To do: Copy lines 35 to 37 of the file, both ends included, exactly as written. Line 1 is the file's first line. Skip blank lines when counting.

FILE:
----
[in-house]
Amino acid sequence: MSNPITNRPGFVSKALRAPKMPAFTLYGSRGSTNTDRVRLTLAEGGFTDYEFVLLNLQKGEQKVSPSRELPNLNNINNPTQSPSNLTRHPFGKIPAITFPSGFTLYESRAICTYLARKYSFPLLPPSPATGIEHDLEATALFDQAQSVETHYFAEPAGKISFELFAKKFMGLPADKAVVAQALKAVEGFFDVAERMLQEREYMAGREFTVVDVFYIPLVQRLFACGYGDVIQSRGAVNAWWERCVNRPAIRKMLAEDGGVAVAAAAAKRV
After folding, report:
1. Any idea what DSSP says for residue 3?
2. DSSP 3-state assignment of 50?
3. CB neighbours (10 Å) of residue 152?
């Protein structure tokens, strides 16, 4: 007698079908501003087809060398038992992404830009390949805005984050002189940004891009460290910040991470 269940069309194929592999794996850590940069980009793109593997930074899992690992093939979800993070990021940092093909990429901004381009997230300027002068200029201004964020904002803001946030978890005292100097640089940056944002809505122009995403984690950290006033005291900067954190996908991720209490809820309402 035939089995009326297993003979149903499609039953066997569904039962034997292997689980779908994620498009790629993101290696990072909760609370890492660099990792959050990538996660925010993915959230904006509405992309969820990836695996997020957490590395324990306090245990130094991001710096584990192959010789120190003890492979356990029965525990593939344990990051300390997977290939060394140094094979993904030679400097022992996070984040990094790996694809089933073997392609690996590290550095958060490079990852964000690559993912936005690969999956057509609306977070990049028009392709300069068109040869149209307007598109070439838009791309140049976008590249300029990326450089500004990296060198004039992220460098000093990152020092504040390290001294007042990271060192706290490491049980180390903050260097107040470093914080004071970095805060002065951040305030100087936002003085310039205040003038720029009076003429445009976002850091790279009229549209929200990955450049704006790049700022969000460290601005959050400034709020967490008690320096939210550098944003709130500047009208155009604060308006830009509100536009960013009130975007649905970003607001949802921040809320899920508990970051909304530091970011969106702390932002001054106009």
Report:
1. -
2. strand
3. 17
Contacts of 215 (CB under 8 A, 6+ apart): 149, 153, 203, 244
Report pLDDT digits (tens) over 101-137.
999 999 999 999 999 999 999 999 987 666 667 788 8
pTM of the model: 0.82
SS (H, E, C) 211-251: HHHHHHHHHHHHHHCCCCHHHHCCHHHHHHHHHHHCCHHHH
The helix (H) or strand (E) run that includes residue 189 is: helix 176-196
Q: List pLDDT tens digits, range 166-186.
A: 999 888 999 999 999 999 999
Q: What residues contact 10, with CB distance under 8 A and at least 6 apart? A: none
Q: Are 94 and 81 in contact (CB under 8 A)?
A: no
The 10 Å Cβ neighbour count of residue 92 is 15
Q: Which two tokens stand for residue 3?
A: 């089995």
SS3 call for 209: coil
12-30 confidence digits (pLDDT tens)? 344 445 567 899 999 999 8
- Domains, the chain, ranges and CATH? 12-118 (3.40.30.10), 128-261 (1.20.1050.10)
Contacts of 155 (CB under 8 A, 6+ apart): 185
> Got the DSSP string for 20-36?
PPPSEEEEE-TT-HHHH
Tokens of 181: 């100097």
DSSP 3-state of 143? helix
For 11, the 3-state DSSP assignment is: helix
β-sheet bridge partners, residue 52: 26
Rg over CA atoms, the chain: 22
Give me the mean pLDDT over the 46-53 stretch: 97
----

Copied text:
β-sheet bridge partners, residue 52: 26
Rg over CA atoms, the chain: 22
Give me the mean pLDDT over the 46-53 stretch: 97